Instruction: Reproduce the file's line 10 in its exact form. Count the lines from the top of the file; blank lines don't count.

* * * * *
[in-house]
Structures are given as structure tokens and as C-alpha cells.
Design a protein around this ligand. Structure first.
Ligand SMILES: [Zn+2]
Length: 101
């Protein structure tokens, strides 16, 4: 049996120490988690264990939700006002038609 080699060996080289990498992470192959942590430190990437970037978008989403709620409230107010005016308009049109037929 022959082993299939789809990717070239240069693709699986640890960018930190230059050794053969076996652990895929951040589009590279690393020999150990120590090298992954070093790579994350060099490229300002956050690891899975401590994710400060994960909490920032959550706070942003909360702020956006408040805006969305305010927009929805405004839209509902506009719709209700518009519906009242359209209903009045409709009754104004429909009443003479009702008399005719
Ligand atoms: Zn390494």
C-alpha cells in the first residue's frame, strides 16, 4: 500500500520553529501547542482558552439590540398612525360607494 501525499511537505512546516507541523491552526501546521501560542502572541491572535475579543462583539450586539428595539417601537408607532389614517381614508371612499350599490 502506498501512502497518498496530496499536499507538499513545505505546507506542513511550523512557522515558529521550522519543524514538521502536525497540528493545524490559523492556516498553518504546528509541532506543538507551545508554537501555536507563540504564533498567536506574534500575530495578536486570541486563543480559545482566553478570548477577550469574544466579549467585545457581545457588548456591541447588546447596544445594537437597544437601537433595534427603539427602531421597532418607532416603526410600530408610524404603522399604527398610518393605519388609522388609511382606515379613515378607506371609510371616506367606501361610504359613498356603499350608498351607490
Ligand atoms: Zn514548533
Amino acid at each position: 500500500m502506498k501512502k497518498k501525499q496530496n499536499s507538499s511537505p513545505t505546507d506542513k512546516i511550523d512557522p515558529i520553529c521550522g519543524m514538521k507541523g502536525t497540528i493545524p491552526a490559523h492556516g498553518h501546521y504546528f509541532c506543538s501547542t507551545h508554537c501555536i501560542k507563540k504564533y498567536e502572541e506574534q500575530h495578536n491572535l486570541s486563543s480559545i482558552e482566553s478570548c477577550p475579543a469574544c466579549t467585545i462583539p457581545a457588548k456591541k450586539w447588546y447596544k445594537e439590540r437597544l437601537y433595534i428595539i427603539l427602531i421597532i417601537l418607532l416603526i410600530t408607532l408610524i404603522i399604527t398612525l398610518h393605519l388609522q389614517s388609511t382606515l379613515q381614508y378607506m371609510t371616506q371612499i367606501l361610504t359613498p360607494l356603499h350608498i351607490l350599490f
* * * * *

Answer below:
Amino acid at each position: 500500500m502506498k501512502k497518498k501525499q496530496n499536499s507538499s511537505p513545505t505546507d506542513k512546516i511550523d512557522p515558529i520553529c521550522g519543524m514538521k507541523g502536525t497540528i493545524p491552526a490559523h492556516g498553518h501546521y504546528f509541532c506543538s501547542t507551545h508554537c501555536i501560542k507563540k504564533y498567536e502572541e506574534q500575530h495578536n491572535l486570541s486563543s480559545i482558552e482566553s478570548c477577550p475579543a469574544c466579549t467585545i462583539p457581545a457588548k456591541k450586539w447588546y447596544k445594537e439590540r437597544l437601537y433595534i428595539i427603539l427602531i421597532i417601537l418607532l416603526i410600530t408607532l408610524i404603522i399604527t398612525l398610518h393605519l388609522q389614517s388609511t382606515l379613515q381614508y378607506m371609510t371616506q371612499i367606501l361610504t359613498p360607494l356603499h350608498i351607490l350599490f